posted on Jul, 26 2012 @ 09:45 PM
"It's getting space research into new hands"
Lot's of hands actually....
Last month, the group started a fundraising campaign on Kickstarter, a website that solicits donations from the general public. Their initial
target was $35,000. When the campaign wound down last Sunday, the tally stood at $106,330. Those donations came from 676 backers around the world. The
single largest contribution came from CatN, a British internet hosting company that paid $10,000. But the majority of donations were from private
space enthusiasts, says Jeroen Cappaert, an aerospace engineer on the NanoSatisfi team. Those who paid at least $325 have the chance to design a
custom experiment using ArduSat’s sensors. (Smaller contributors can use the satellite to take pictures or broadcast a personal message.) The team
is also working out how best to spend the extra $65,000 their Kickstarter campaign netted. Ideas include expanding the dimensions of the existing
satellite, or building additional ones.
This is really cool, I like the fact that those 676 people will share to discover their own information, I like it.
It shows people can move together in positive directions, if that's what their into of course, but the sharing is cool.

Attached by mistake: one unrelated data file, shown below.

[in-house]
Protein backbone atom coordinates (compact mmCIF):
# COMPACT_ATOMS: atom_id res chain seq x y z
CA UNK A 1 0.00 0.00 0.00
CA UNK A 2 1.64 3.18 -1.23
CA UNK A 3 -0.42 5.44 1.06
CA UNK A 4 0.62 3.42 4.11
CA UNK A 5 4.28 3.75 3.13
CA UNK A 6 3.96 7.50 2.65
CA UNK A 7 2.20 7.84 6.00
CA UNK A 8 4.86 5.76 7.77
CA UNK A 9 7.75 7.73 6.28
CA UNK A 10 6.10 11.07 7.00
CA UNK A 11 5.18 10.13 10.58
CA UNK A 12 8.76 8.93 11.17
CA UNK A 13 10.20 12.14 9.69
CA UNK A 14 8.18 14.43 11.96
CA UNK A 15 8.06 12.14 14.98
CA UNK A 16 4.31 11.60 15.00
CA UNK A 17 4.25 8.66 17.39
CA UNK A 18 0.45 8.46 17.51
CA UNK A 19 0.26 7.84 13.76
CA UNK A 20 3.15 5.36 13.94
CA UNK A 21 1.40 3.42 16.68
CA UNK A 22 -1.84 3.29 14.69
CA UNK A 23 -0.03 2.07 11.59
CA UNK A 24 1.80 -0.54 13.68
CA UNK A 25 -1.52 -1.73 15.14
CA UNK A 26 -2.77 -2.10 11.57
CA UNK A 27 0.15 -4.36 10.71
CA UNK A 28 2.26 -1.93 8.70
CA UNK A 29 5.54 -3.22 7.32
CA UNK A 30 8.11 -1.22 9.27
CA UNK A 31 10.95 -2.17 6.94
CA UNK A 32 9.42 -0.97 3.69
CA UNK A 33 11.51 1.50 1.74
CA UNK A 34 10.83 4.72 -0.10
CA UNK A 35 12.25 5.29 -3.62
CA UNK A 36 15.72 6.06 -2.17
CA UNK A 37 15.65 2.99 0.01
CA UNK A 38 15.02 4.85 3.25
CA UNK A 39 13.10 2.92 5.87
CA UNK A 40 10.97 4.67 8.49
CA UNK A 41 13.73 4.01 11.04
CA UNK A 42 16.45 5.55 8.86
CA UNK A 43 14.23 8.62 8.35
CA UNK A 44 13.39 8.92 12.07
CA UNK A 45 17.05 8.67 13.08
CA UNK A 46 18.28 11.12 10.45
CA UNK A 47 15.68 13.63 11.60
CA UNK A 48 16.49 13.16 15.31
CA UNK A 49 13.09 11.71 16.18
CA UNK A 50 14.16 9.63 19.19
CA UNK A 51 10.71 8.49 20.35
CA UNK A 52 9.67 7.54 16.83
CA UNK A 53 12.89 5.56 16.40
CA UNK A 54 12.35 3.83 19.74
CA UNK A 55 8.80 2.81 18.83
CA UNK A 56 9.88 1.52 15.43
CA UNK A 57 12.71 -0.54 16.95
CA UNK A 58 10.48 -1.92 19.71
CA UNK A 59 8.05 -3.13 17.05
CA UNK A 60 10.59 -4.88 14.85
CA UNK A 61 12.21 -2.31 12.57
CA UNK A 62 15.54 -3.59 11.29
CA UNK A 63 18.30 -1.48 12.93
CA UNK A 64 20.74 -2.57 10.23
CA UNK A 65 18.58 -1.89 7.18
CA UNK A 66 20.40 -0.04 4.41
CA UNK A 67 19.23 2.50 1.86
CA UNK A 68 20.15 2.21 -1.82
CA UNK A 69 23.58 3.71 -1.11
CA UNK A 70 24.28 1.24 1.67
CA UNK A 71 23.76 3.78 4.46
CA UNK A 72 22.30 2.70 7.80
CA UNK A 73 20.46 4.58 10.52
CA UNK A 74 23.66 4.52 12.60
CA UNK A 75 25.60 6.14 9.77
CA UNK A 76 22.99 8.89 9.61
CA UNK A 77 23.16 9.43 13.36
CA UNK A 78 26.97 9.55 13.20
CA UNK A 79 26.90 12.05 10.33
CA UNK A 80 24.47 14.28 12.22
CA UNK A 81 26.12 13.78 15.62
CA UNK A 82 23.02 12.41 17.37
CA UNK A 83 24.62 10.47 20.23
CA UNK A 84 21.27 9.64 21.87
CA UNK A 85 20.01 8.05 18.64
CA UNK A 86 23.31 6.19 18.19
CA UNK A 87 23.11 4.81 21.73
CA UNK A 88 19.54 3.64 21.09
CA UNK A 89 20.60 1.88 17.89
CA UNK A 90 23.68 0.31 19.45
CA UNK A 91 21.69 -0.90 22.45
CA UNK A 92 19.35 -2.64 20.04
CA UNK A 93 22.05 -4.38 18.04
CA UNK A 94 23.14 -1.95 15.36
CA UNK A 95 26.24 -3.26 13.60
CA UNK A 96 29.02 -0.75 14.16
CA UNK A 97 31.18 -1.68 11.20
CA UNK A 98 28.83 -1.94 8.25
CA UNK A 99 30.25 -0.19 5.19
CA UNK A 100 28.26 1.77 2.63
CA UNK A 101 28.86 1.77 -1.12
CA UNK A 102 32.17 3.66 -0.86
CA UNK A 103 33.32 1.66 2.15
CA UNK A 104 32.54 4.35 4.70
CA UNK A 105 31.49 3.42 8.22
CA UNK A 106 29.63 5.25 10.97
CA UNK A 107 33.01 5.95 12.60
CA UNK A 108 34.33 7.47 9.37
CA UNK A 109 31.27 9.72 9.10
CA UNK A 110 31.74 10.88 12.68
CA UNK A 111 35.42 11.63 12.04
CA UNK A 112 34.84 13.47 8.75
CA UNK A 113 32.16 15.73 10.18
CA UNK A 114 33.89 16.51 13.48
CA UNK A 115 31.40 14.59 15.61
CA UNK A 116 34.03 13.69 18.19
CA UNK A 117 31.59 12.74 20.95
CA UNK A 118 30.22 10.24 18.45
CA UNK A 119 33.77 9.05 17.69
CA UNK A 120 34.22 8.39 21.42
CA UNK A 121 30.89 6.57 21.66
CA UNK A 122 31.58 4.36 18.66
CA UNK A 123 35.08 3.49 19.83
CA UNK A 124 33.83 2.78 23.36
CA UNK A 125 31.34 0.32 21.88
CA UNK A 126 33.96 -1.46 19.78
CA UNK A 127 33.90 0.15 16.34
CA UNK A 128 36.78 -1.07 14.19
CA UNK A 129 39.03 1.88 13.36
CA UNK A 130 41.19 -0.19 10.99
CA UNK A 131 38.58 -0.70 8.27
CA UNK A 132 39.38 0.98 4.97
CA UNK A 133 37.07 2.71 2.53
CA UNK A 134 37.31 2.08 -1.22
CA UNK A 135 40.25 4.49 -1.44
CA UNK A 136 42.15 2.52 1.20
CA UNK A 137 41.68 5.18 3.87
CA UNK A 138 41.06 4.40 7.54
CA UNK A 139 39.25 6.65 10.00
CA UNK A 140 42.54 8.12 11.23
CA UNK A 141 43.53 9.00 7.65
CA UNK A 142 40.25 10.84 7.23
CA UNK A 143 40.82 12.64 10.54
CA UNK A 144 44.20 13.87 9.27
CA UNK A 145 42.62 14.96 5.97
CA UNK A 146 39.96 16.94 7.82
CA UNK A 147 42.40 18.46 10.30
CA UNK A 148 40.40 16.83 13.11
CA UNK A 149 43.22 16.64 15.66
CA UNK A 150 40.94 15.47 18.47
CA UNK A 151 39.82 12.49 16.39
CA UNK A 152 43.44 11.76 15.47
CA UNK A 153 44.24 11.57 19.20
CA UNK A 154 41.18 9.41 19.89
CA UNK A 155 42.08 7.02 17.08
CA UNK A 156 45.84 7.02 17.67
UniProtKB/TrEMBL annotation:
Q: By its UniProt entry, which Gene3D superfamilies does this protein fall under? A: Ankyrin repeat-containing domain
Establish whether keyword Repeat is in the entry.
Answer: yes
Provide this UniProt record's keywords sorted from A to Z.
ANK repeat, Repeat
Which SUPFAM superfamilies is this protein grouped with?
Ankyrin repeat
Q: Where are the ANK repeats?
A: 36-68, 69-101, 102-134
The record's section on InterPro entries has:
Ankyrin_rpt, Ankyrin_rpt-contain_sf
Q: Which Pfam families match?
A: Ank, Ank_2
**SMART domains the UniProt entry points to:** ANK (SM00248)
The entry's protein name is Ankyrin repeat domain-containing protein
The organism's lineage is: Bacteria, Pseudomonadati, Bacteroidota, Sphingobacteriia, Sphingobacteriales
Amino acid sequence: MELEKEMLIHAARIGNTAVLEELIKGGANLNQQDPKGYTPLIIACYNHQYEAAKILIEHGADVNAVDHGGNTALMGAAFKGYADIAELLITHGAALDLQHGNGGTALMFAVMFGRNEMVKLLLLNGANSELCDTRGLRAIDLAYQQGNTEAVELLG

I reckon they should do another one straight up, it's clear there is a great interest for it, as in being able to do this for yourself if you wanted
to, good job guys
You essentially get to include your own experiments, own measurement on what it is you are interested in, but I'm sure that every one would share
their individual findings as well.
NanoSatisfi has to build a satellite that will survive not only the rough trip to space, but also the harsh environment it will find once it gets
there. The tiny package doesn’t allow room for backup components, so both the hardware and the proposed experiments have to be tested exhaustively.
If all goes well, the team hopes to have ArduSat in orbit in about a year. If successful, ArduSat may open the doors to further crowdsourced missions,
bringing space science into yet more hands — possibly even yours.
You can read the rest here but I should think there would be some nerds (x) here on ats that would dig this very much.
Still one of my favourite sites.
Thanks for listening
What is it you would measure if you could?
Please give it to me in idiots terms though
edit on 26-7-2012 by AussieAmandaC because: (no reason given)